U.S. East Coast Digs Out From Record-Breaking Blizzard

Washington, D.C. It will be days before life returns to normal along the U.S. East Coast after a massive winter storm brought blizzards, floods and record-shattering snowfall to tens of millions of people.

Ladder_4_backing_in_Jan_2015_snow_jehFDNY Ladder 4 backing up in New York City. Photo: Jim.henderson/Wikipedia.

U.S. government offices in Washington are closed Monday for all but emergency employees as the city digs out streets and sidewalks.

Washington’s subway system is partially running after being closed for two days because of the storm.

Schools in the capital and the surrounding suburbs are closed, while flights are resuming on a limited basis in the area’s three major airports.

The U.S. Congress also postponed several votes scheduled for Monday.

People clear snow from parked cars on Henry Street in the Chinatown neighborhood in New York, Jan. 24, 2016.

The storm sent floodwaters with huge chunks of ice pouring down the main streets of coastal towns of New Jersey and into homes and businesses.

Storm-related deaths

At least 24 storm-related deaths have been reported, including from heart attacks suffered by people while shoveling snow.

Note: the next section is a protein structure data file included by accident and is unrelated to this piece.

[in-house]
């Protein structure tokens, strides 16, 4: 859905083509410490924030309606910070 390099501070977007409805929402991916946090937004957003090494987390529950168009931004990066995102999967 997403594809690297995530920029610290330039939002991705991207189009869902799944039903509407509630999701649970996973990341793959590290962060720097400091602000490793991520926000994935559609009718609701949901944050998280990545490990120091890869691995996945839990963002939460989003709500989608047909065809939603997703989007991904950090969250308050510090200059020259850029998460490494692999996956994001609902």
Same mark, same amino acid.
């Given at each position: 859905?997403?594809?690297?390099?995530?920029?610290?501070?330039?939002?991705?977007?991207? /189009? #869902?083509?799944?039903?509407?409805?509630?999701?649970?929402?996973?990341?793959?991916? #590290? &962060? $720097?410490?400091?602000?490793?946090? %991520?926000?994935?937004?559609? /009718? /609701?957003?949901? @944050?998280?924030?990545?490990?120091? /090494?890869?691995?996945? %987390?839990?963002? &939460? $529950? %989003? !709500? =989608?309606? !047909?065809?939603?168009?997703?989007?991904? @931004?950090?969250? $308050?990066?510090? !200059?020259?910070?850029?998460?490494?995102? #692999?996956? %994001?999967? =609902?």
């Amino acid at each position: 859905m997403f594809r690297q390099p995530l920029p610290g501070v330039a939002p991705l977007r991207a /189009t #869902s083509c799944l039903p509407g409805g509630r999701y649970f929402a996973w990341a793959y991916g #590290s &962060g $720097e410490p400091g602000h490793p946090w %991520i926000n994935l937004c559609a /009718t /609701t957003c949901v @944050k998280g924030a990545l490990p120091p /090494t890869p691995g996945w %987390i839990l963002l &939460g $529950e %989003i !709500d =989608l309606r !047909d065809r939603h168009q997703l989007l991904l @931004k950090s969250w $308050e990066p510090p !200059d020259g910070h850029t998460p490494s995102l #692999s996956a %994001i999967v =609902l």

One man in Pennsylvania suffocated in his parked car with the motor running when a plow completely buried the vehicle with snow, blocking the exhaust pipe and filling the car with carbon monoxide.

The huge storm moved up the Atlantic coast Friday and Saturday, bringing near hurricane-force winds and tons of moisture from the warm Gulf of Mexico.

It struck hardest in New York and, farther south, in the Baltimore and Washington area. Neither of those are accustomed to violent winter storms.

As much as 76 centimeters, or almost 30 inches, of snow heaped on some of the Washington suburbs. Baltimore was hit with 74 centimeters, breaking the city’s all-time record.

New York’s 68 centimeters was its second-largest snowfall since 1869, and 101 centimeters, almost 40 inches, was recorded near Harper’s Ferry, West Virginia.

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